The second independent variable, MONTH, is included to control for a structural component of presidential approval that is common to all administrations. Brace and Hinckley (1992: 23-24) label this as the "cycle of deflating expectation," or more simply, the "decay of support." This is an observable decline in general approval over the first 30 months, which picks up after the 32nd month, until the election in the 48th month of each administration. This common cycle is not a monotonic decay of support over the four years of office, because it does pick up during the election year. It is interesting to note that this decay in support, followed by a rise in the final year, also is present in the second administration of those presidents who served two terms during the time period covered by this study (i.e., Eisenhower, Nixon, and Reagan). The variable introduced for each month of the presidential administration controls for this structural feature of presidential approval. 5 Thus, to recap, the first two independent variables appear as controls for the known structural features of US presidential approval.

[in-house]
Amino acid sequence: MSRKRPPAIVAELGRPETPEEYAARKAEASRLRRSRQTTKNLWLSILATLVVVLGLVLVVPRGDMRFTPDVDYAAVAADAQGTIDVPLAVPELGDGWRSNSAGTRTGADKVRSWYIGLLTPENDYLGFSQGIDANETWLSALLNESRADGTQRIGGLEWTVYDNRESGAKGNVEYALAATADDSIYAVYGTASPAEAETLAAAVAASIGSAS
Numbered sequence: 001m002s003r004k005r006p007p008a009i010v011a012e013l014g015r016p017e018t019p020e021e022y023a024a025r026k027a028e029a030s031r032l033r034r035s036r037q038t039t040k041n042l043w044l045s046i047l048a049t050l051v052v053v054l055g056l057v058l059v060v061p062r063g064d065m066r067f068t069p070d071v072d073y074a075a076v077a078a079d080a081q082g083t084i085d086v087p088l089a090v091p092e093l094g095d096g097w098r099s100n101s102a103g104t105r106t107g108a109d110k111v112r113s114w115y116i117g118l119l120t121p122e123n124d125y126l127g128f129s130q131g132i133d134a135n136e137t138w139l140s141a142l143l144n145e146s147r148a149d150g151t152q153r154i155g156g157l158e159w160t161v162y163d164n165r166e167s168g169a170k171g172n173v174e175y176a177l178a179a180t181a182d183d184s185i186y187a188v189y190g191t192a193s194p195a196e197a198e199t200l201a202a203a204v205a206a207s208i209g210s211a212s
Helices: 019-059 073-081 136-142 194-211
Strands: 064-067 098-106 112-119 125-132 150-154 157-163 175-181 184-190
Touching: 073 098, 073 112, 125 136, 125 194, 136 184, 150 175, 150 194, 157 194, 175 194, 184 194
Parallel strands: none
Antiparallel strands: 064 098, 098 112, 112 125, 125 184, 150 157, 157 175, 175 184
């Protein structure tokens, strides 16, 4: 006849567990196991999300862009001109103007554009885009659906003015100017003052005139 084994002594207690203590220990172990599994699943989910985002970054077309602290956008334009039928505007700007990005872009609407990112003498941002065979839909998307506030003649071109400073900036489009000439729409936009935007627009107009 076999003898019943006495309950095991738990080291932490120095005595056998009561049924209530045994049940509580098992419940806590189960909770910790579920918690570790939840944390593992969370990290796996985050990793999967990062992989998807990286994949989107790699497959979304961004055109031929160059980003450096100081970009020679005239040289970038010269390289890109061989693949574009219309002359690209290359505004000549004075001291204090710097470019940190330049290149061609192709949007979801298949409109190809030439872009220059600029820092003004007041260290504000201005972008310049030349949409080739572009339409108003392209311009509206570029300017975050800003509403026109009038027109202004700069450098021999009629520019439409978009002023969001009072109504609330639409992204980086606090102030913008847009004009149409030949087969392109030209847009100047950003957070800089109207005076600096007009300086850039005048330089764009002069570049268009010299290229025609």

The third and fourth independent variables examine the state of the economy. The subjective measure of Public Economic EXPECTATIONS of the future is included in the analysis because, as suggested, it is critically important to control for difficult economic times. These factors are known to greatly affect domestic support for the president while being unrelated to international events per se (James and Oneal 1991). Collected by the U.S. Department of Commerce (1996), the variable asks respondents to indicate whether their economic expectations of their immediate future are expected to be (1) the same; (2) worse; or (3) better. This variable is believed superior to previous studies that look only at inflation and unemployment (or some combination thereof) because it is a measure of perceived economic conditions. Theoretically, the public should turn against the president when it believes that economic times are bad, regardless of actual conditions. The MISERY INDEX is included for the purposes of comparison and also in order to link the present investigation to previous studies such as James and Rioux (1998). 6